We’re staying in a little lakeside cabana (if ever there was a good example of marketing, this must be it – in England we’d call this a “shed”, but by calling it a “cabana” you create all kinds of cutsey images). It’s got a bench downstairs, which the children sleep on, and then a suspended deck above which makes a double bed for us.
The view from the window is amazing – we look over a peaceful freshwater lake, and a tree filled landscape. Somewhere amongst the view are a few other wooden houses, but they are pretty unobtrusive, so waking up in the morning is an amazing experience! The cabana has a small cooking stand outside, with a gas stove, and round the corner a small washing up stand,
with the tap fed with water directly from the lake. It creates a pretty idyllic living environment, very similar to camping but without the confinement you get in a tent (and none of the sounds of childhood like “ZZZZzzzziiiippp” as somebody went to the toilet in the night). We’d have been pretty pleased with this place if we’d chosen it as a holiday destination, let alone as one of our backpacking stops.
The children have loved the grounds – with boats to paddle the lake in, swings and a beach to swim from. It’s very “Swallows and Amazons” stuff. It has been very relaxing for us, because we’re in a park area, where we don’t need to worry too much about the children – they can wander off to play without us having to watch them every second. We have made sure that Emily understands not to go near the water, and despite her willingness to break every rule we’ve ever created, she does seem to be following this one (phew!)
The other people staying here (there are 7 more cabanas sleeping 4, two cabins sleeping 6 and 10 camping spots) are Canadians, plus a couple of American families. This is great, as it means we can find out more about Canada, and we’ve had some good advice about the rest of our trip (DON’T ASK about the evening that one couple gave us good advice about making sure the children are safe from cougars and bears in the Rockies). Most of the people we’ve spoken to are here again, and some have been coming here for 10 years or more. That says something about how magically relaxed it is, and how nice it is to be alongside a lake. I guess we’d hope to find other places like this as we travel around the world, but I don’t hold out much hope of finding anything as idyllic.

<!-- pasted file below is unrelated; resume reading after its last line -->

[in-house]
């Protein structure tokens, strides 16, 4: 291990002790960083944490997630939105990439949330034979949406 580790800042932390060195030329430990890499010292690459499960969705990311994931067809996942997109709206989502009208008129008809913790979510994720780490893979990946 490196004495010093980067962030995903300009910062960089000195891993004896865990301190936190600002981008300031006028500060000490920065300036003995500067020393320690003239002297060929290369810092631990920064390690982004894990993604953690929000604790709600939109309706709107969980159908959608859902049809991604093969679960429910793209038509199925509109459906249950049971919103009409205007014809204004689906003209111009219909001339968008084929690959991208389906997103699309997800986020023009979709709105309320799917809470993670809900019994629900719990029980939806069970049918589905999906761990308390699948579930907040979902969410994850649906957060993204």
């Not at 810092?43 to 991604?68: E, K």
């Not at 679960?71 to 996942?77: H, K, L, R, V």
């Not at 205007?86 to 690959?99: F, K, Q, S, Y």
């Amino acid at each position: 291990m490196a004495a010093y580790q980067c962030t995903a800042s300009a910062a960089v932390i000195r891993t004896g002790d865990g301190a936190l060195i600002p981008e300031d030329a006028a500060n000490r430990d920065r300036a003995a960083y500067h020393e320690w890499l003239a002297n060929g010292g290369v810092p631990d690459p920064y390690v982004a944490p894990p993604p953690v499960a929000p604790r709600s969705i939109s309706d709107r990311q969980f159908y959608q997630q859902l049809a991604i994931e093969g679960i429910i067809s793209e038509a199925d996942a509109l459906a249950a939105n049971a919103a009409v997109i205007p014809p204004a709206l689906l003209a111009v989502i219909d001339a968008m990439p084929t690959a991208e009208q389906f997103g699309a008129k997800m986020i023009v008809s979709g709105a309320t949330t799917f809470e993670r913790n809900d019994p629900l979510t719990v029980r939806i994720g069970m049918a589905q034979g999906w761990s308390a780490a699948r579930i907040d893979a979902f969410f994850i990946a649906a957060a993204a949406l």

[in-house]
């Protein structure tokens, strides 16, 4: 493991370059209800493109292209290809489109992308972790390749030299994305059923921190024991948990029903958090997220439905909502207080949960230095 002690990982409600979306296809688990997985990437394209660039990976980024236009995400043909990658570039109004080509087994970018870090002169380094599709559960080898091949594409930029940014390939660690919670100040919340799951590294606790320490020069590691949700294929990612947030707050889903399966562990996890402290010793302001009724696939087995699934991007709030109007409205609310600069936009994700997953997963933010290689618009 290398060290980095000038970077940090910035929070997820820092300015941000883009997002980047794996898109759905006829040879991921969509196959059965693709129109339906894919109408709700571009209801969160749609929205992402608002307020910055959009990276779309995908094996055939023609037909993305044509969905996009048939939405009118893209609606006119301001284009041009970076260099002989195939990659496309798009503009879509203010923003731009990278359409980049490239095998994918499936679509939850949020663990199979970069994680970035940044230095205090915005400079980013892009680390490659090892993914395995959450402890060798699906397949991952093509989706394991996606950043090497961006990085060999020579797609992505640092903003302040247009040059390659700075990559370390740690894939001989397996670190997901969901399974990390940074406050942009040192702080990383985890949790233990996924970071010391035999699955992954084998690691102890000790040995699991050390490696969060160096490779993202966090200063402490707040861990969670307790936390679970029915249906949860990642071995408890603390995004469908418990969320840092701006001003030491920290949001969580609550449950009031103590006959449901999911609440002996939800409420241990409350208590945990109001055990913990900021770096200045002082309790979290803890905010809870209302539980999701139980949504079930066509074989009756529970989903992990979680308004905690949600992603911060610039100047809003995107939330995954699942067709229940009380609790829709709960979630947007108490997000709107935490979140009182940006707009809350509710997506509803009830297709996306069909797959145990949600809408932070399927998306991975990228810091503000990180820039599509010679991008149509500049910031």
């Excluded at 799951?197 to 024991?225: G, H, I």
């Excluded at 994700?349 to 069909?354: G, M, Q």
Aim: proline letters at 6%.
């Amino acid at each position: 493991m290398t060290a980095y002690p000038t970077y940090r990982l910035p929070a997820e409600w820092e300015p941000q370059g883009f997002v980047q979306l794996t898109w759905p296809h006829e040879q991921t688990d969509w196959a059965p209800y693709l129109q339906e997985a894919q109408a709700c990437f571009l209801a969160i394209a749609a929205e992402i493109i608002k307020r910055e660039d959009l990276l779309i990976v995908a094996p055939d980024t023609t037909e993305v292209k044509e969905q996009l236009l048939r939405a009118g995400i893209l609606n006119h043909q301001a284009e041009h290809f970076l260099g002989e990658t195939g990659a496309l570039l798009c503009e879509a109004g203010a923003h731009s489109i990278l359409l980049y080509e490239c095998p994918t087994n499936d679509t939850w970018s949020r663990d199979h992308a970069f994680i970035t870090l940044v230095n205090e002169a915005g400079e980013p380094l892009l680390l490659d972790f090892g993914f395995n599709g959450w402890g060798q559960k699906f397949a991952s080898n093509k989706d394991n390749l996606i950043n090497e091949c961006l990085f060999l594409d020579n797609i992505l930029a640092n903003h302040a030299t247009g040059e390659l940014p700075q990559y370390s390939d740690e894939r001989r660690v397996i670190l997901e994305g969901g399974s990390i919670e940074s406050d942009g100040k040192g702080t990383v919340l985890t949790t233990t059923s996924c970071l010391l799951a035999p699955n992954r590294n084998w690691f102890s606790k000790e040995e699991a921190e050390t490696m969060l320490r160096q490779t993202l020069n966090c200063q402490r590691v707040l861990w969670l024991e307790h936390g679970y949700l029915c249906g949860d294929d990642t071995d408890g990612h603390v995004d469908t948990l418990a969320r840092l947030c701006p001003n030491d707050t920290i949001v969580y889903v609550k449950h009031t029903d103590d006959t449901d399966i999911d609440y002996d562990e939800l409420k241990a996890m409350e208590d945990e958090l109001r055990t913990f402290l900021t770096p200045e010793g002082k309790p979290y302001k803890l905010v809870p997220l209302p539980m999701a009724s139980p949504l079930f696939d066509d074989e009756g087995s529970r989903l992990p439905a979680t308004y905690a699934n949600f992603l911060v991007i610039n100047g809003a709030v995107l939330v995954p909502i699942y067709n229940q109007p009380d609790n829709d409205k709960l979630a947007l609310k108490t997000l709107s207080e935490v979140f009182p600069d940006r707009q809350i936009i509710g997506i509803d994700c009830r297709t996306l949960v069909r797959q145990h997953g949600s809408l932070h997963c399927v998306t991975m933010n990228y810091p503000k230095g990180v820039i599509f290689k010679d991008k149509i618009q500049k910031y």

The only difficulty has been transport – we’re on foot, and as there’s no transport on the island, and no shops nearby, I’ve been hitching to town (about 6km) to get provisions. That has allowed me to meet people living on the island (tourists don’t pickup, but locals do) and so far I’ve met a Californian who moved here last week, a lady who runs a holiday home rental agency, somebody who makes rammed earth houses, a South African couple who moved to Canada 16 years ago (but still sound like they stepped straight from the Bush Veld), a washing machine repair guy, an artist and a carpenter. One lady even went past her turn to drop me here at the campsite, before heading back into town. It’s certainly been a good experience, and when we leave tomorrow we may well hitch down to the ferry terminal at the other end of the island (possibly a bit more tricky with four of us, but we’ll see).
Overall, Salt Spring is a great experience, and one that the whole family has loved, and we’ll be sad to leave tomorrow to head off to the hustle and bustle of Victoria on Vancouver Island. But we’ve got things to do, places to see, and the Orca’s await.